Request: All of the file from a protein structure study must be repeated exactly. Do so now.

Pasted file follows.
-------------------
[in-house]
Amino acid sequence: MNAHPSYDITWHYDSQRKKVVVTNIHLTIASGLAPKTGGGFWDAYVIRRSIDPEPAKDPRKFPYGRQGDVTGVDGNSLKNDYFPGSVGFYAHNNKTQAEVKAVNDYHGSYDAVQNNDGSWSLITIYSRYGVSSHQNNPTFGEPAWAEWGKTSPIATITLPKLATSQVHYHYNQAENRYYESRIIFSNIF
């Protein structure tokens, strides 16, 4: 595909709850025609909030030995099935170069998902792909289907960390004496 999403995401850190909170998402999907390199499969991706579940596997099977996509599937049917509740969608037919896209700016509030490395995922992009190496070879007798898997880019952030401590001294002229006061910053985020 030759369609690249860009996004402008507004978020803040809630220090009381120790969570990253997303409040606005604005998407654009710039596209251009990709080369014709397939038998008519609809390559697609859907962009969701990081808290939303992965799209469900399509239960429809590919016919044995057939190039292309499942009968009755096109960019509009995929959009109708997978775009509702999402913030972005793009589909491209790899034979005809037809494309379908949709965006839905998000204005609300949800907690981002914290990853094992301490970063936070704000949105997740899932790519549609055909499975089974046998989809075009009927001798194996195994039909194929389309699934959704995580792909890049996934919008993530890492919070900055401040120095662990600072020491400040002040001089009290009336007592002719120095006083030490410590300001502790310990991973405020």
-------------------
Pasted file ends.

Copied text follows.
[in-house]
Amino acid sequence: MNAHPSYDITWHYDSQRKKVVVTNIHLTIASGLAPKTGGGFWDAYVIRRSIDPEPAKDPRKFPYGRQGDVTGVDGNSLKNDYFPGSVGFYAHNNKTQAEVKAVNDYHGSYDAVQNNDGSWSLITIYSRYGVSSHQNNPTFGEPAWAEWGKTSPIATITLPKLATSQVHYHYNQAENRYYESRIIFSNIF
């Protein structure tokens, strides 16, 4: 595909709850025609909030030995099935170069998902792909289907960390004496 999403995401850190909170998402999907390199499969991706579940596997099977996509599937049917509740969608037919896209700016509030490395995922992009190496070879007798898997880019952030401590001294002229006061910053985020 030759369609690249860009996004402008507004978020803040809630220090009381120790969570990253997303409040606005604005998407654009710039596209251009990709080369014709397939038998008519609809390559697609859907962009969701990081808290939303992965799209469900399509239960429809590919016919044995057939190039292309499942009968009755096109960019509009995929959009109708997978775009509702999402913030972005793009589909491209790899034979005809037809494309379908949709965006839905998000204005609300949800907690981002914290990853094992301490970063936070704000949105997740899932790519549609055909499975089974046998989809075009009927001798194996195994039909194929389309699934959704995580792909890049996934919008993530890492919070900055401040120095662990600072020491400040002040001089009290009336007592002719120095006083030490410590300001502790310990991973405020």